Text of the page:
The prototype holds a special appeal for me, as the little 5-ton roller served our town as the city's only steamroller in the 1950's when I was growing up. I remember fondly the clanking sounds coming from two blocks down the street, as the proud old machine inched its way up past our house, and on to its latest job. Even viewed from a distance, it had a somewhat menacing look, appearing ever-larger as it approached, black smoke issuing from the tall stack.
As kids, I think we were even a bit scared of the thing, as it "chased" us on our bicycles. Little did we know it was just a tired old riveted-steel senior citizen, trying to earn its keep in a world of road rollers rapidly becoming dominated by new gasoline and diesel goaliaths, ready to take over at the first signs of any weakness. The last job the poor old thing ever did was to pave the asphalt walkways in our city's main park in 1967.
It sits today in the woods outside a private automobile museum, painted in loud colors and crawled all over by kids who will never know.........
Well, I guess this is a bit of a departure - a "rough-and-ready" little model, but perhaps it best reflects the true nature of the prototype - basic but functional.
These machines, like their operators, worked tirelessly on long shifts and in high temperatures, so the rest of us could enjoy motoring along our streets and roads to reach our destinations in comfort.
The model is made from steel sheet, formed to shape, except for the mutlitubular boiler, which is silver-soldered copper. The boiler shell is insulated and cased with thin brass sheet, while the rolls were turned from steel pipe. The model is 11 1/2" long by 8" tall to the top of the stack and is seen here sitting on top of the belt guard of my eight-inch drill press.
Construction began on this machine in the early nineties, but the work subsided while I considered the design of the engine. The original was powered by a horizontal double-acting twin cylinder engine of the single expansion type. In this model, the entire engine will need to be no more than 2 1/4" in overall length.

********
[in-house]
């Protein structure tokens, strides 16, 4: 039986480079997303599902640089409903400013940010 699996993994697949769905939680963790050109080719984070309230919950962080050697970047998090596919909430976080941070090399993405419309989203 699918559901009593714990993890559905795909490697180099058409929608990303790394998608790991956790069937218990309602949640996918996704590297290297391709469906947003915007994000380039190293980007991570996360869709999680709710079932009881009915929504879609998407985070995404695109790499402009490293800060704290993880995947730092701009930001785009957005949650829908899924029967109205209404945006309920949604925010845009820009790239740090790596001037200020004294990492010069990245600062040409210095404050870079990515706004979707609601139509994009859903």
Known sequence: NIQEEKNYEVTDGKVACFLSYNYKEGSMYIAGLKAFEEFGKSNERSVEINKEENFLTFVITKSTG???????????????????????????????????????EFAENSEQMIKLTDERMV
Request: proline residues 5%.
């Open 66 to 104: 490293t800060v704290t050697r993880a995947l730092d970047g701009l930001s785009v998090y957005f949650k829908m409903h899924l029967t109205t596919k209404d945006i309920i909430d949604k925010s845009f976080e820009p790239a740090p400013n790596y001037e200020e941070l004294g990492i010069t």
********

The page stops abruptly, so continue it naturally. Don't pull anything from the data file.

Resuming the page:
There is much work on this project yet to be completed - no start has been made on the engine, burner, or steering gear and one of the rear steering rolls is yet unspoked. More progress on this web page will reflect any new action on these fronts.
a miniature KELLY SPRINGFIELD
July 20, 2004
This shot is a bit fuzzy, due to limited depth-of-field, but I am including it anyway as it gives a good feel for the size of the prototype.
Nobody looks perfect after eighty-five years!
This is the prototype. It was made in Springfield, Ohio and was completed on June 28, 1919.
Fresh from the factory, it was delivered in Brewster Green, a popular color originally developed by the Brewster Carriage Company from Connecticut and New York City. Brewster Green continued to be used on automobiles until recent times.
The color of the undercoat on the model is considerably lighter than the original Brewster Green. The original paint survived on this old Kelly Springfield until after retirement in 1967.
The roller has a horizontal two cylinder engine. Early Buffalo tandems's had side-mounted vertical engines, causing a rocking motion leading to a wavy quality of the surface being prepared. This generated a false impression among roadbuilders that all tandem rollers performed in this manner.
This unit was not equipped with a governor, but has steam-powered steering. A vane-type rotary steam engine is coupled by roller chain to the main pinion shaft, which engages a large sector gear on the steering pivot of the back roll. The operator steers the machine by a small lever on a bi-directional valve, located directly in front of his seated position. The back "roll" is actually two rolls, side-by-side, acting like an automobile diferential gear to enable smooth turns.
If you are interested in lots more details and informative pictures of Kelly or Buffalo Springfield Steamrollers, I can't think of a better place to look than :
Classic American Steamrollers 1871-1935 Photo Archive by Judge Raymond L. Drake and Dr. Robert T. Rhode.
The reviews on this book are excellent, it covers all the recognized manufacturers of this type of equipment in the United States and Canada and the authors know their subject intimately.
All rights reserved. (c) 2004 John R. Bentley.